Shah Plov: Treat Yourself To Azerbaijan's Special Pulao

Among the many Turkic, Anadolu, Iranian, and Eastern European culinary traditions that have come together to form Azerbaijani cuisine, the pilaf is regarded as a prominent dish. The simplicity and rich flavours of Azerbaijani pilaf are what makes it so captivating, in contrast to the Indian version. 

In a land blessed with nine climatic zones, the bounty of fresh produce paints a beautiful picture on the Azerbaijani table. From juicy peaches and ruby-red pomegranates to fragrant saffron and sweet peppers, each ingredient adds a layer of complexity to the culinary scene. While sheep and cattle roam the land, contributing tender meats and creamy dairy, the Caspian Sea yields a bounty of seafood, enriching the nation's gastronomic repertoire. 

At the heart of the Azerbaijani spread is the saffron-infused pilaf, which is complemented by a variety of grilled kebabs, skewered meats, dolma, and cold salads. Completing the meal is a glass of Azerbaijani wine or refreshing sherbet, which tantalises the palate with its citrusy sweetness and saffron-infused aroma.

Unlike the intricate Indian-style cuisine, Azerbaijani pilaf celebrates simplicity, letting the natural flavours of long-grain rice stand out. Cooked in butter or homemade ghee, the rice serves as an ideal base for accompaniments such as fried potatoes, raisins, and dates, paired with tangy pickles to create a lovely mix of flavours. Typically at home, pilaf is served on a plate, but in restaurants, it is often enclosed in bread and then baked.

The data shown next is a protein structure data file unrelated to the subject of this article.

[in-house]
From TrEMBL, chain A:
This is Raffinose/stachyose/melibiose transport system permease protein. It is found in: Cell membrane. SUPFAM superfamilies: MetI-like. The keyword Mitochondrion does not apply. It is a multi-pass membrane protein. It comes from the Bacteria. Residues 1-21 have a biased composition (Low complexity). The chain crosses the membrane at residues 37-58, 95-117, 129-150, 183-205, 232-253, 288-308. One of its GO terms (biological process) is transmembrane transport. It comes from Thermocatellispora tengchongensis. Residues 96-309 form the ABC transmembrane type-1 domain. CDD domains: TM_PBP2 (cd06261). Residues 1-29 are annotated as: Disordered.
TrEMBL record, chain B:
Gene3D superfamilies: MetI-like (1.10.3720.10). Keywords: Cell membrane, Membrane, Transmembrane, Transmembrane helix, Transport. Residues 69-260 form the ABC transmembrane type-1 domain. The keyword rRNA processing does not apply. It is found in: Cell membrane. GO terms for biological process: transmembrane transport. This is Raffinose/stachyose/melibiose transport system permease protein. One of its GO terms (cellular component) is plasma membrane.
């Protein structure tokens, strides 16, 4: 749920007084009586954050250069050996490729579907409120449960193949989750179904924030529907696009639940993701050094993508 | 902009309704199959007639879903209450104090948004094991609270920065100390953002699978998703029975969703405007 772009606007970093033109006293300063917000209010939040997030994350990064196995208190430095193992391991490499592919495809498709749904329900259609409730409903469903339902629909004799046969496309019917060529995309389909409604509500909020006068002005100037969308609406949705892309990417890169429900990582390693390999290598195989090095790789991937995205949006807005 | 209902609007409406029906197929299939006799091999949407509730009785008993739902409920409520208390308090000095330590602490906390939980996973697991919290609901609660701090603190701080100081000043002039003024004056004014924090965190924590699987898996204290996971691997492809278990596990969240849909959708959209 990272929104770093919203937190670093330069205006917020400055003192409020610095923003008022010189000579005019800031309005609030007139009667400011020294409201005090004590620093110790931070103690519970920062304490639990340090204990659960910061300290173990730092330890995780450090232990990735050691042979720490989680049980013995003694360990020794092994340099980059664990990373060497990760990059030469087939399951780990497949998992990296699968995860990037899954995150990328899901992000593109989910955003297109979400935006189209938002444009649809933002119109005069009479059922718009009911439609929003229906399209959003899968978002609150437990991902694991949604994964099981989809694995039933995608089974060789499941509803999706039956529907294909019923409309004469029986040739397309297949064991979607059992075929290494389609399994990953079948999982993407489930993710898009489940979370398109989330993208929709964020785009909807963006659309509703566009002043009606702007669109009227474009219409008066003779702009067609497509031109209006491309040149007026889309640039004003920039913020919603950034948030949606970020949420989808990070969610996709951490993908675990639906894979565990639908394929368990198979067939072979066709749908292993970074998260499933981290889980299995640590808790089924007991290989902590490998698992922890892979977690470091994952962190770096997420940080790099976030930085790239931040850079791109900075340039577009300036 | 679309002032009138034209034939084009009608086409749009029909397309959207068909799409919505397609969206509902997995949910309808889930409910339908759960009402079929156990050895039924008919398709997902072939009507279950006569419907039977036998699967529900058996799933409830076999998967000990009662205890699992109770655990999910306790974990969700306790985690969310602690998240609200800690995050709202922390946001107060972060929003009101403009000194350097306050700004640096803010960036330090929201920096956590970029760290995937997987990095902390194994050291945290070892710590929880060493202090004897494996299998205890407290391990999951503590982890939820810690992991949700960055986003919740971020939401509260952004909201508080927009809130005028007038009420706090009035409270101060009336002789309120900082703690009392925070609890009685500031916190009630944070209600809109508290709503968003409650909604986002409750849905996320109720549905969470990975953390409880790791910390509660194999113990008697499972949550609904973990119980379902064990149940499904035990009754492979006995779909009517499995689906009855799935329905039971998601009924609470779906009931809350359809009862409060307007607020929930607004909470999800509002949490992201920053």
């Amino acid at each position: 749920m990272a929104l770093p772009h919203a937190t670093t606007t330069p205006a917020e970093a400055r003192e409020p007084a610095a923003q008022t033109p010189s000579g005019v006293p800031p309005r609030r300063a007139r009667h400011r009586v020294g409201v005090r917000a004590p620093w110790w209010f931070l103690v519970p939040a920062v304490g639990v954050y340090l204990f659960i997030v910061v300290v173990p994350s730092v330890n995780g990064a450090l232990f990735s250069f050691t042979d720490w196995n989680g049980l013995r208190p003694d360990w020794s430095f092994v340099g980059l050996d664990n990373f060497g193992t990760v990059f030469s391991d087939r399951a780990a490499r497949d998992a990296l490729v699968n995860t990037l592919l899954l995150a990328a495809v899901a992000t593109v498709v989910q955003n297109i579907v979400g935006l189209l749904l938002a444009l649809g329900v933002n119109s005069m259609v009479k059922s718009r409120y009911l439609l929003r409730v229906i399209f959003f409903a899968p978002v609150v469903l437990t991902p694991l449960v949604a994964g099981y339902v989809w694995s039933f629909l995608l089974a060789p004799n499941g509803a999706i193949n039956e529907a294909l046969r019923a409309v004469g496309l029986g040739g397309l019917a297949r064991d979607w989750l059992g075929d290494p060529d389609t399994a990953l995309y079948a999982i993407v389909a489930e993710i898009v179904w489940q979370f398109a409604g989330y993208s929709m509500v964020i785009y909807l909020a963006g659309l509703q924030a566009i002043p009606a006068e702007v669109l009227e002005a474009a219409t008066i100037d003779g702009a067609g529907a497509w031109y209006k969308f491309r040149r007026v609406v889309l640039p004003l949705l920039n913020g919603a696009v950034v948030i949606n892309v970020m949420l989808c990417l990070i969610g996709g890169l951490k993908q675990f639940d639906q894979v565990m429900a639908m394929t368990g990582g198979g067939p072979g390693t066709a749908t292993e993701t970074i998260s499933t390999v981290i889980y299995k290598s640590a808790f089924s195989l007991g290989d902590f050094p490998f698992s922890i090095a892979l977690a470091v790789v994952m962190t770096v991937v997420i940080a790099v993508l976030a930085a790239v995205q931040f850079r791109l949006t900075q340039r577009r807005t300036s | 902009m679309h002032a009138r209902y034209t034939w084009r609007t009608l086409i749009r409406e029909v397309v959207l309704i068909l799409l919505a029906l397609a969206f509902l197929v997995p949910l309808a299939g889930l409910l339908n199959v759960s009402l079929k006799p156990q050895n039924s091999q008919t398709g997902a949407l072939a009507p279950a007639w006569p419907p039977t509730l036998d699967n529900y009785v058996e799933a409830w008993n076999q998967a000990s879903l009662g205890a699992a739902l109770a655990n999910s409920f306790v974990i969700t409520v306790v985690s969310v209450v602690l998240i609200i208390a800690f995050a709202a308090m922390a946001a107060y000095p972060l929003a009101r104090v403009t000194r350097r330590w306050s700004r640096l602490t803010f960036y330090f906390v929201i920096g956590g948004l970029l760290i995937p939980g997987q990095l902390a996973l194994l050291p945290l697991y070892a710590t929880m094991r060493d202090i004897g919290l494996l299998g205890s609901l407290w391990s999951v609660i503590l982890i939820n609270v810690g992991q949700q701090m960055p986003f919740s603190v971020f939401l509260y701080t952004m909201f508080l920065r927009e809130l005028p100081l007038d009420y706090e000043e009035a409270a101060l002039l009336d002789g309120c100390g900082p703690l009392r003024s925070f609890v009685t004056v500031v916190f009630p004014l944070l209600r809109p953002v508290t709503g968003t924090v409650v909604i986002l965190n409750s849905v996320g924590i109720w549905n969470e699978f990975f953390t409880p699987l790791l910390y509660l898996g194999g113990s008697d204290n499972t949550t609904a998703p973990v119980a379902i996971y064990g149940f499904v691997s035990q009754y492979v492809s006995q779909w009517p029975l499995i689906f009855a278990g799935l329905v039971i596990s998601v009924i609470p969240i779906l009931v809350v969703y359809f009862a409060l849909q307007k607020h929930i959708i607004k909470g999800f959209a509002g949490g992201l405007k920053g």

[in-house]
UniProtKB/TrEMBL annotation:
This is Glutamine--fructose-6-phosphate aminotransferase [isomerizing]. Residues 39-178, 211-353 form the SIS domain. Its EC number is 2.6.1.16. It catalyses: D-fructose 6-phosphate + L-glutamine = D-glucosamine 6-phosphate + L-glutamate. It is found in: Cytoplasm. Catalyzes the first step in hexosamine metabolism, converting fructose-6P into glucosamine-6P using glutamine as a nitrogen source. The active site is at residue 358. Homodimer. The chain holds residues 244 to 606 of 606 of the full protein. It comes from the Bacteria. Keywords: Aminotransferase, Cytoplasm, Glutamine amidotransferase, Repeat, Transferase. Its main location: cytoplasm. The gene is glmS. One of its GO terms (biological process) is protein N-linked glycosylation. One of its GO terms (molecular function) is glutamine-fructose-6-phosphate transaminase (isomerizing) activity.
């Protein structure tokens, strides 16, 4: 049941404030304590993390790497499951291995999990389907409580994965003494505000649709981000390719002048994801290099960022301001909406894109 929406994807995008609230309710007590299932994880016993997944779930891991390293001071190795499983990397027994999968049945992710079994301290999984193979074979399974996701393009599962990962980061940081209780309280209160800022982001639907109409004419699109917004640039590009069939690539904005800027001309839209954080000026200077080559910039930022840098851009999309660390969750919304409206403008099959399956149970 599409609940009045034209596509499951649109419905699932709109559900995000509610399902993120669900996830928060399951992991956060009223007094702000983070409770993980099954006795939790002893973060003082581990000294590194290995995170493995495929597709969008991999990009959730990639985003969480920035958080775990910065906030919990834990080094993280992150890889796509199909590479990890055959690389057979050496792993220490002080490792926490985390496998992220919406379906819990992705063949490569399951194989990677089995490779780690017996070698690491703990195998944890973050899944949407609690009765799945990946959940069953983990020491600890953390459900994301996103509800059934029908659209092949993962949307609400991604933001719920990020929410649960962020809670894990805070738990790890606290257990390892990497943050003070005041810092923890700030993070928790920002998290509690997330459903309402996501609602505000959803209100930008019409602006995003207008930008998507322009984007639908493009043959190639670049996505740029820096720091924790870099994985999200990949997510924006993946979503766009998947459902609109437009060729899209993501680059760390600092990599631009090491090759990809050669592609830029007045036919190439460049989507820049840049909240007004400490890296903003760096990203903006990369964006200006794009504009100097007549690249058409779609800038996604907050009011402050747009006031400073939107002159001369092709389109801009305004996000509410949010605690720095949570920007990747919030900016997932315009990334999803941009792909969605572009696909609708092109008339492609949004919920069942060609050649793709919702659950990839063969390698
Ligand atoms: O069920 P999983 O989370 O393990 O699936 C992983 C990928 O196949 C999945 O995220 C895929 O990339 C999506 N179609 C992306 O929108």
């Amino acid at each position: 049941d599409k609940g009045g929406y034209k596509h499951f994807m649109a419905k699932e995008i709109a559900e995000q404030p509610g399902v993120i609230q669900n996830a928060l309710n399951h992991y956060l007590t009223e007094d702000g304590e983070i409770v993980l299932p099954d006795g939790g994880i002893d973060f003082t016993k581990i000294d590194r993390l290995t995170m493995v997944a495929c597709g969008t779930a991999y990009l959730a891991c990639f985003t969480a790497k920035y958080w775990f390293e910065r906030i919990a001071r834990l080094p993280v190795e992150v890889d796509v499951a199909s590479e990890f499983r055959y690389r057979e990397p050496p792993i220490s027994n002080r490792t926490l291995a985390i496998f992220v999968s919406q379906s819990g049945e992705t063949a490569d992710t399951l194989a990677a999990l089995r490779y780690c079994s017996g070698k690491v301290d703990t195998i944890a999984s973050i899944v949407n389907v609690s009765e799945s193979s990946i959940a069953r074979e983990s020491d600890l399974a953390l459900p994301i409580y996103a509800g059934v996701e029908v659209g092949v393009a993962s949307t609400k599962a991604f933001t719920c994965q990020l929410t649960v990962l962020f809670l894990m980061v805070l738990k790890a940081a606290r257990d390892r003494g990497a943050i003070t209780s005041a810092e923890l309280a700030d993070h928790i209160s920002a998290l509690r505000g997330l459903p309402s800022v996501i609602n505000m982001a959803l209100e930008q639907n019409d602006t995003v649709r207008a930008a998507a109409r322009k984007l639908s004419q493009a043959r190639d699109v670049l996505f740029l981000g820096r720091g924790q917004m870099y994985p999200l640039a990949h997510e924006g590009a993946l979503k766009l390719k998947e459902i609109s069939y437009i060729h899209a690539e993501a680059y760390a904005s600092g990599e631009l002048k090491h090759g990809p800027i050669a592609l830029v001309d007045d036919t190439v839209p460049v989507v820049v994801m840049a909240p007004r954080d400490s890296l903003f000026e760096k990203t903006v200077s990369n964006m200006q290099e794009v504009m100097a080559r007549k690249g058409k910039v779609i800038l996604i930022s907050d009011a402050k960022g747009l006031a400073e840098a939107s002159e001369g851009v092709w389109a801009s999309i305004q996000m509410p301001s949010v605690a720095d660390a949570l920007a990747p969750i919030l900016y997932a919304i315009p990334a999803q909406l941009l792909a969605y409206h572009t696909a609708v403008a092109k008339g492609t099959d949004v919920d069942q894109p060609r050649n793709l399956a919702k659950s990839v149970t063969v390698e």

As you savour each spoonful of Azerbaijani pilaf, you'll be delighted by the nuttiness of caramelized raisins and the subtle tang of pickles, enhancing this humble dish to a beautiful mix of sweet, tart, and savoury notes. In Azerbaijani cuisine, simplicity reigns supreme, allowing each ingredient to shine in its purest form, offering a dining experience that celebrates the essence of flavour and tradition. No matter the meal, it always ends with a comforting cup of tea served in glasses. 

Here’s how you can make Azerbaijani Pilaf at Home 


1 cup long-grain rice 

2 tablespoons butter or homemade ghee 

A pinch of saffron threads 

Salt to taste 

1 cup fried potatoes (for garnish) 

1/2 cup fried raisins and dates (for garnish) 

Assorted pickles (e.g., tomato, bell pepper) for serving 


Rinse the long-grain rice thoroughly and soak it in water for about 30 minutes. Drain the water and set aside. In a pot, melt butter or ghee over medium heat. Add a pinch of saffron threads, allowing their aroma to infuse into the fat. 

Add the soaked and drained rice to the pot, stirring gently to coat each grain with the saffron-infused butter. Pour in enough water to cover the rice, season with salt to taste, and bring it to a boil. 

Once boiling, reduce the heat to low, cover the pot, and let the rice simmer until fully cooked and the grains are fluffy. While the rice cooks, fry potatoes until golden and set aside. 

Once the rice is ready, fluff it with a fork, and serve it on a platter. Garnish with fried potatoes, fried raisins and dates, and an array of pickles. 

The Azerbaijani Pilaf is ready to be enjoyed – a delightful blend of nutty rice, caramelized raisins, and the nuanced flavours of pickles, highlighling the simplicity and richness of Azerbaijani culinary traditions